What is the child mortality rate

Together in the fight against child mortality in Africa and the world

What measures will help reduce child mortality?

General measures to reduce child mortality

The development of the child mortality rate shows: The measures taken so far are helping. The protection of children begins before they are even born. Because only healthy women can give birth to a healthy child.

The following measures help to reduce child mortality:

  • Improvement of the local health systems and thus better medical care, for example through access to medication
  • Improvement of the hygienic conditions. This also includes access to clean drinking water
  • preventive measures such as vaccinations
  • medical staff who care for and care for mothers and newborns
  • Hygiene and nutrition training

Obstetrics to reduce maternal and child mortality

In many developing countries, women give birth to their children without qualified supervision - and this results in high maternal and child mortality rates. There are no preventive and follow-up examinations and in an emergency, the way to the hospital is often too far. In the case of sick newborns or premature babies, there is usually a lack of vital medical care. Qualified obstetrics can reduce maternal and child mortality. This includes the monitoring of pregnancies, the preparation, implementation and follow-up treatment of births. Help with breastfeeding and training in hygiene and nutrition can also save lives!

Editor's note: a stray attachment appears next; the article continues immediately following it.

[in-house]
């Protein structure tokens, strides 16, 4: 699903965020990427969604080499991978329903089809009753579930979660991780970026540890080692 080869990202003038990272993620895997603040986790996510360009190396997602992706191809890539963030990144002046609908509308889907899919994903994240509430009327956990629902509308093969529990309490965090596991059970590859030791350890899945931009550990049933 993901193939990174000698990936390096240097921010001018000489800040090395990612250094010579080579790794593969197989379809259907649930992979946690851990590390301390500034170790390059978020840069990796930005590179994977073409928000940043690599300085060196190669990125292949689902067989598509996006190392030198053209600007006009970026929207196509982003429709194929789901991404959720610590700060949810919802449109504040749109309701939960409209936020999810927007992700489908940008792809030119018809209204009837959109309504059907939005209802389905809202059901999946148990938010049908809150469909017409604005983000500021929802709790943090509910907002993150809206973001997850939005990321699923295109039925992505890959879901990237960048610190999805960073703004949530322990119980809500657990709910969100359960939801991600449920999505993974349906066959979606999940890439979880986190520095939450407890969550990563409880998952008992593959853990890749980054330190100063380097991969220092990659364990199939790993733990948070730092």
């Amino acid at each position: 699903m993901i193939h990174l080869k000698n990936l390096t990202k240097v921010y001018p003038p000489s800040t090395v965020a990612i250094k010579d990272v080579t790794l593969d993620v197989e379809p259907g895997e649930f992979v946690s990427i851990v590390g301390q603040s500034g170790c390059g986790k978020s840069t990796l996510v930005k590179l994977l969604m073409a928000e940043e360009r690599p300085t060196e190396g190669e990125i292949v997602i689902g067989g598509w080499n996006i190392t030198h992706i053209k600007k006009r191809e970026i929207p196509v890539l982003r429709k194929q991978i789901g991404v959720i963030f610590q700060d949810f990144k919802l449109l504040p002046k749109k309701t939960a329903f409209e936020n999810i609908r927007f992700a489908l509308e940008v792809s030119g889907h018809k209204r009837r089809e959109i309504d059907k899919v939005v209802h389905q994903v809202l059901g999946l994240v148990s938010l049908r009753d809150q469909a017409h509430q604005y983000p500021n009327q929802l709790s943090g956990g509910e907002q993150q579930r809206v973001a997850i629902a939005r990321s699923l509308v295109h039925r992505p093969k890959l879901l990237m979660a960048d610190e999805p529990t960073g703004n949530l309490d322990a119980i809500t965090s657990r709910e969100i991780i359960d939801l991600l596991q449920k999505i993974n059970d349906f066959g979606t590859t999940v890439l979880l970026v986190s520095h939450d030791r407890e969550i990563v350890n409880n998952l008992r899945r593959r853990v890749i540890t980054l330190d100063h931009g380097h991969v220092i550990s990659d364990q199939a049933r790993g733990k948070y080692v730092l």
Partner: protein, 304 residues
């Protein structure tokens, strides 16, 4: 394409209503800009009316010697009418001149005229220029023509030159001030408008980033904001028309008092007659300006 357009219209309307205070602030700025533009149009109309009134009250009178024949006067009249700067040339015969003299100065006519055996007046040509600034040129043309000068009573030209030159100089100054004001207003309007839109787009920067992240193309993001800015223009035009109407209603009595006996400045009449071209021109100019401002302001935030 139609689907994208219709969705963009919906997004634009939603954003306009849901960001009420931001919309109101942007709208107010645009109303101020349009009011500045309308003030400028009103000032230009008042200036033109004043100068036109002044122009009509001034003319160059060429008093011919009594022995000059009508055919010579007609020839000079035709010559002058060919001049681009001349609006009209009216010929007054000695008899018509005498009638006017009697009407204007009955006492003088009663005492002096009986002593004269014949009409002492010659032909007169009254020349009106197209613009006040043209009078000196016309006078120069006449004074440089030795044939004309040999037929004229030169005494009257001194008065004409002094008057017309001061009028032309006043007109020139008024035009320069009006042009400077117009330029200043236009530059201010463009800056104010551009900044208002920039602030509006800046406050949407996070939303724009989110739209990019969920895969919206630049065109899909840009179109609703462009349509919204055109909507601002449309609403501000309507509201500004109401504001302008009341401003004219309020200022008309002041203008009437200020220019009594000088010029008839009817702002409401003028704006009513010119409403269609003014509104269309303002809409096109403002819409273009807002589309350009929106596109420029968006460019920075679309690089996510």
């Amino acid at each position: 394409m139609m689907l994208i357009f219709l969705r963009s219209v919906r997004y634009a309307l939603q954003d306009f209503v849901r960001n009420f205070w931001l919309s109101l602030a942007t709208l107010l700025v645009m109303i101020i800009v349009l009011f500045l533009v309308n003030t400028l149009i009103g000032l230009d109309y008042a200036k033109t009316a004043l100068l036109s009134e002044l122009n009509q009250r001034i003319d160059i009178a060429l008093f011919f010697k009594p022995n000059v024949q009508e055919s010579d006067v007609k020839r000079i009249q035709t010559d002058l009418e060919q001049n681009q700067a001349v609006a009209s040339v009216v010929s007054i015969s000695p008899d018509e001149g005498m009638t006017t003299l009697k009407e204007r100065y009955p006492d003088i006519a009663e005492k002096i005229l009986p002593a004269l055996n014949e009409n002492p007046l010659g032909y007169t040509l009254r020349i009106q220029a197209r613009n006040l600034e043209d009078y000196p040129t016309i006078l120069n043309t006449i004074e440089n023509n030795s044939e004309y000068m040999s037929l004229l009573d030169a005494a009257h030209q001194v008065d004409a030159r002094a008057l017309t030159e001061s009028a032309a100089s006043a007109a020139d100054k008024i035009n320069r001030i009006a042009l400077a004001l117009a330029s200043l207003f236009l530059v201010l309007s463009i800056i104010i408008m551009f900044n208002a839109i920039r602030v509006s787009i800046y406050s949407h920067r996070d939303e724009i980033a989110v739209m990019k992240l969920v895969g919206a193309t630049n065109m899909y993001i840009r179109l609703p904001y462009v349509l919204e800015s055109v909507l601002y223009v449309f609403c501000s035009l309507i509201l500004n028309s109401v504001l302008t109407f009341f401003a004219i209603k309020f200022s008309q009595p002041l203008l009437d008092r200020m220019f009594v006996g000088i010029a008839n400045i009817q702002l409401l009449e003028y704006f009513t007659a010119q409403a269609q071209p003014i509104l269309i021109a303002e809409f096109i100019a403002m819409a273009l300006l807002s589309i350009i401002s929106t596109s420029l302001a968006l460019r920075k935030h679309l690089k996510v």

We have been providing this help for some time in our Serabu project in Sierra Leone: We support expectant mothers from the start and thus protect their children.

Ending preventable newborn and child deaths as a United Nations development goal

Infant mortality is expected to drop to 12 deaths per 1,000 live births by 2030, the child mortality rate of 25 deaths per 1,000 live births: The United Nations' Sustainable Development Goals (SDGs) deal with social, economic and ecological sustainable development. SDG objective 3.2 includes the End preventable deaths in newborns and children under five by 2030 and is thus directly related to the goal of reducing the global maternal mortality rate to 70 per 100,000 deaths.